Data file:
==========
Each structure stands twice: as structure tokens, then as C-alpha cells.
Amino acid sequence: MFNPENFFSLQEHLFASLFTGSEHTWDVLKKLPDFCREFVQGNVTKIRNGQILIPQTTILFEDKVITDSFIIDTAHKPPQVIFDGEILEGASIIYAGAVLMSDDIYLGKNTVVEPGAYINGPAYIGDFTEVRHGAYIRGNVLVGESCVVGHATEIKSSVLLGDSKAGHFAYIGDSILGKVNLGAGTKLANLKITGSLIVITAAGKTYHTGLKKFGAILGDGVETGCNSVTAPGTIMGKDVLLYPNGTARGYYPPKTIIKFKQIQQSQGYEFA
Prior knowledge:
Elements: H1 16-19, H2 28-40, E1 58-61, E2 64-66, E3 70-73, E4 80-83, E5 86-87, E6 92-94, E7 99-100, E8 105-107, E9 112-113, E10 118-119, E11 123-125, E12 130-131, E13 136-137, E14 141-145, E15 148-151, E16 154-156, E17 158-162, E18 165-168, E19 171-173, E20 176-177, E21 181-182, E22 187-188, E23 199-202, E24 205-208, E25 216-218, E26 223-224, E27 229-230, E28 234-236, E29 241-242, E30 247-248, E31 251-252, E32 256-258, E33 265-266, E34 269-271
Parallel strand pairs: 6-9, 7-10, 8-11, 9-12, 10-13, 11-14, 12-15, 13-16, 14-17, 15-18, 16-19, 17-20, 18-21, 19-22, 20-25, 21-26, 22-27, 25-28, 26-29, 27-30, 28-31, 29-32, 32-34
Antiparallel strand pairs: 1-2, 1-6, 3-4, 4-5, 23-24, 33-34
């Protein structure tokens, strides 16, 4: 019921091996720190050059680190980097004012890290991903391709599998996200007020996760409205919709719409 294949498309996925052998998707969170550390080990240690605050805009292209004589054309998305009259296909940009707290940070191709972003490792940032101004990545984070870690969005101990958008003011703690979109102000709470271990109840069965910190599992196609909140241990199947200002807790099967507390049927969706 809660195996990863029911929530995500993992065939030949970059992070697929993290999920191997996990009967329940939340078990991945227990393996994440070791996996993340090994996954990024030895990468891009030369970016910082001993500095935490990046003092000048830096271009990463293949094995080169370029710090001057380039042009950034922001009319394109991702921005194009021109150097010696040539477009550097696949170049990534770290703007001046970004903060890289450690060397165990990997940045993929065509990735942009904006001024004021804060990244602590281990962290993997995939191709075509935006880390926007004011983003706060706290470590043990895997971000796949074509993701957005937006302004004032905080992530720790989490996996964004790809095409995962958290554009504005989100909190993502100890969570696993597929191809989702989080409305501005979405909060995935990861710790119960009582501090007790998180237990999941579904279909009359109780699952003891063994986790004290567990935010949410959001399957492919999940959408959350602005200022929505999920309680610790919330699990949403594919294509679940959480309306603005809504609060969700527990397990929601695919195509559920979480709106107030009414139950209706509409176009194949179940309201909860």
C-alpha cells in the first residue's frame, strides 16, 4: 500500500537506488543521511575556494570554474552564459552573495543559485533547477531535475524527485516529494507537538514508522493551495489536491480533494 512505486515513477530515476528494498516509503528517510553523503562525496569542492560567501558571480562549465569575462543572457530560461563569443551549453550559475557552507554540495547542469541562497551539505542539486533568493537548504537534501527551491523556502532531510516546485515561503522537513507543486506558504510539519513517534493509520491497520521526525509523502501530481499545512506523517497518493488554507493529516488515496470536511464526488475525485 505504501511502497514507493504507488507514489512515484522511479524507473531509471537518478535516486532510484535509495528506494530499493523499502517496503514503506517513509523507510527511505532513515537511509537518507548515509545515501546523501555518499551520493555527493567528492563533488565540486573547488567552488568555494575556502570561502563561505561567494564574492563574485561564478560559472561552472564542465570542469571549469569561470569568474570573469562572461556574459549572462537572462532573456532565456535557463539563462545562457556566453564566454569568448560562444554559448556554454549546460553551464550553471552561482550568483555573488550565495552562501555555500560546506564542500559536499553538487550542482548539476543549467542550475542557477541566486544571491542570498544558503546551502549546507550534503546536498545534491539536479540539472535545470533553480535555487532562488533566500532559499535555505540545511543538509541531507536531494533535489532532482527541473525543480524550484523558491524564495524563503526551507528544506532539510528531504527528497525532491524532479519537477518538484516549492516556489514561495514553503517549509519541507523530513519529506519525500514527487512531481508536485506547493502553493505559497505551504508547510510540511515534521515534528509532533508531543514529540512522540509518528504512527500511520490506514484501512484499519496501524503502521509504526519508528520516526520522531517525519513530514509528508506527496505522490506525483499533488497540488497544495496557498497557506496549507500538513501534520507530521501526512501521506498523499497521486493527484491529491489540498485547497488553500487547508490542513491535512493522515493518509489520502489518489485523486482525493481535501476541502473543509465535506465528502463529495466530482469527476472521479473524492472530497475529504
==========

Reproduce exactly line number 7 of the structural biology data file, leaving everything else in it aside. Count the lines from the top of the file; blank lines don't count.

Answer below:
């Protein structure tokens, strides 16, 4: 019921091996720190050059680190980097004012890290991903391709599998996200007020996760409205919709719409 294949498309996925052998998707969170550390080990240690605050805009292209004589054309998305009259296909940009707290940070191709972003490792940032101004990545984070870690969005101990958008003011703690979109102000709470271990109840069965910190599992196609909140241990199947200002807790099967507390049927969706 809660195996990863029911929530995500993992065939030949970059992070697929993290999920191997996990009967329940939340078990991945227990393996994440070791996996993340090994996954990024030895990468891009030369970016910082001993500095935490990046003092000048830096271009990463293949094995080169370029710090001057380039042009950034922001009319394109991702921005194009021109150097010696040539477009550097696949170049990534770290703007001046970004903060890289450690060397165990990997940045993929065509990735942009904006001024004021804060990244602590281990962290993997995939191709075509935006880390926007004011983003706060706290470590043990895997971000796949074509993701957005937006302004004032905080992530720790989490996996964004790809095409995962958290554009504005989100909190993502100890969570696993597929191809989702989080409305501005979405909060995935990861710790119960009582501090007790998180237990999941579904279909009359109780699952003891063994986790004290567990935010949410959001399957492919999940959408959350602005200022929505999920309680610790919330699990949403594919294509679940959480309306603005809504609060969700527990397990929601695919195509559920979480709106107030009414139950209706509409176009194949179940309201909860």